University of Georgia’s Reaction to Student’s Off-Campus Arrest Could Chill Speech | The Foundation for Individual Rights and Expression

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University of Georgia’s Reaction to Student’s Off-Campus Arrest Could Chill Speech

When students are accused of breaking the law while engaging in nonviolent off-campus expressive conduct, but not yet convicted, should colleges initiate disciplinary proceedings against them? FIRE doesn’t think so, but evidently that’s what students at the University of Georgia (UGA) can expect.

On March 2, UGA student Adam Veale was arrested for blocking the steps of the rotunda outside of Atlanta’s capitol building while participating in a protest for Medicaid reform. Weeks later, Veale was charged with violating UGA’s Code of Conduct. Veale was offered an informal resolution, which would require him to admit guilt, but he chose to contest the charges in a formal conduct hearing because he maintains that his participation in a nonviolent off-campus protest should not qualify as punishable conduct at the university.

FIRE is concerned that UGA is treating Veale’s arrest as sufficient cause to initiate disciplinary proceedings:

“While we cannot comment on an individual student, I can assure you that the University does not discipline students for engaging in lawful protests or for the content of constitutionally protected expression,” said UGA Vice President for Public Affairs Tom Jackson, in an email to The Red & Black. “It is when a student is arrested, which is an allegation that they have violated the law, that action under the student conduct code is initiated.”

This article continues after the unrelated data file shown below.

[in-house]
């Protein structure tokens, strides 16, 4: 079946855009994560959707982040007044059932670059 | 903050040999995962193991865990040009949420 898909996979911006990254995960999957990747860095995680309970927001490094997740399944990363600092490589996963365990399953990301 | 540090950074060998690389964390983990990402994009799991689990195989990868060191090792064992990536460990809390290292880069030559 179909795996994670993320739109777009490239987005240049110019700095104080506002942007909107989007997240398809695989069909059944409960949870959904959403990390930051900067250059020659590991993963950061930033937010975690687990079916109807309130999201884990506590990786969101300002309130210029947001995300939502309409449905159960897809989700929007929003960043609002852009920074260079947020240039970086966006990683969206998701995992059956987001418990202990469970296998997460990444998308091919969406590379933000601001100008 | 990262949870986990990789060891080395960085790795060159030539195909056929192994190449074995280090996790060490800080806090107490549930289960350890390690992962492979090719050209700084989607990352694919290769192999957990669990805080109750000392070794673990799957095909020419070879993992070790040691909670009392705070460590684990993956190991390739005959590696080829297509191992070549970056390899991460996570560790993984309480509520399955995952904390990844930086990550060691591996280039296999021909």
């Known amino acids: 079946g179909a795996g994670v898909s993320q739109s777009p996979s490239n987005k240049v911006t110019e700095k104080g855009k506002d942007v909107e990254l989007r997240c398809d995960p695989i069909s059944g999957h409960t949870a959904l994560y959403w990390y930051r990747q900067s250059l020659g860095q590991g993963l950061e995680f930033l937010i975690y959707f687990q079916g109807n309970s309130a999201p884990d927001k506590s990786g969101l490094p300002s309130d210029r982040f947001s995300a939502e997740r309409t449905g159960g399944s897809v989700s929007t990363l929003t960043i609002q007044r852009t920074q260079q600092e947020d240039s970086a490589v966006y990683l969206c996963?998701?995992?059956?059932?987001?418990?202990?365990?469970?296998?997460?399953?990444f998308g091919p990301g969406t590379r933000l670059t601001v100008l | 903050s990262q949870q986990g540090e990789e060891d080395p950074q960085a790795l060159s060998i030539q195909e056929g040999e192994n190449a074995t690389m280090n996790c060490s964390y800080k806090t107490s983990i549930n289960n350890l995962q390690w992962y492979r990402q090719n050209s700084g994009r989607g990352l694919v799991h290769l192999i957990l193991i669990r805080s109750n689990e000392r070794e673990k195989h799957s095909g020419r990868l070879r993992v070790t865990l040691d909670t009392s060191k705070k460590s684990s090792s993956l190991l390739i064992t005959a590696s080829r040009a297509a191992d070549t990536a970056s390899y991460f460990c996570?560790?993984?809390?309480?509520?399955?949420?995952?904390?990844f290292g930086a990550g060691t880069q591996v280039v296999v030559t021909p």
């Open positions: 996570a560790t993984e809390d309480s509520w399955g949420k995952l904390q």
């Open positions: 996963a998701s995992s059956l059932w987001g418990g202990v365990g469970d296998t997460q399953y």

If there’s any evidence that Veale has violated the code of conduct beyond just the fact of his arrest, UGA should say so. However, if the arrest is the sole basis for UGA’s disciplinary proceedings, then perhaps UGA could consider waiting until the student’s innocence or guilt has been decided by impartial fact-finders before setting the disciplinary wheels in motion. And UGA should certainly not be asking a student to admit guilt when that admission could be used against him in contemporaneous criminal proceedings.

But perhaps UGA should first contemplate the necessity of punishing a student at all for his engagement in a nonviolent political protest, as Veale himself points out:

“This is a nonviolent political protest,” Veale said. “In the section of the student code of conduct that I was apparently in violation of, it has a little foreword. ‘The University of Georgia is committed to the marketplace of ideas and the freedoms of speech protected in the U.S. and Georgia constitutions.’ To me, political protests like the one I was a part of is the whole reason that conduct section is written, is to protect nonviolent political speech.”

Veale is right to be concerned about UGA’s attempt to punish him for his participation in this protest. By targeting a student engaging in off-campus protests for punishment without citing evidence of his guilt, UGA is chilling other students’ off-campus speech and warning them that they could face UGA’s disciplinary process for participating in a political protest.

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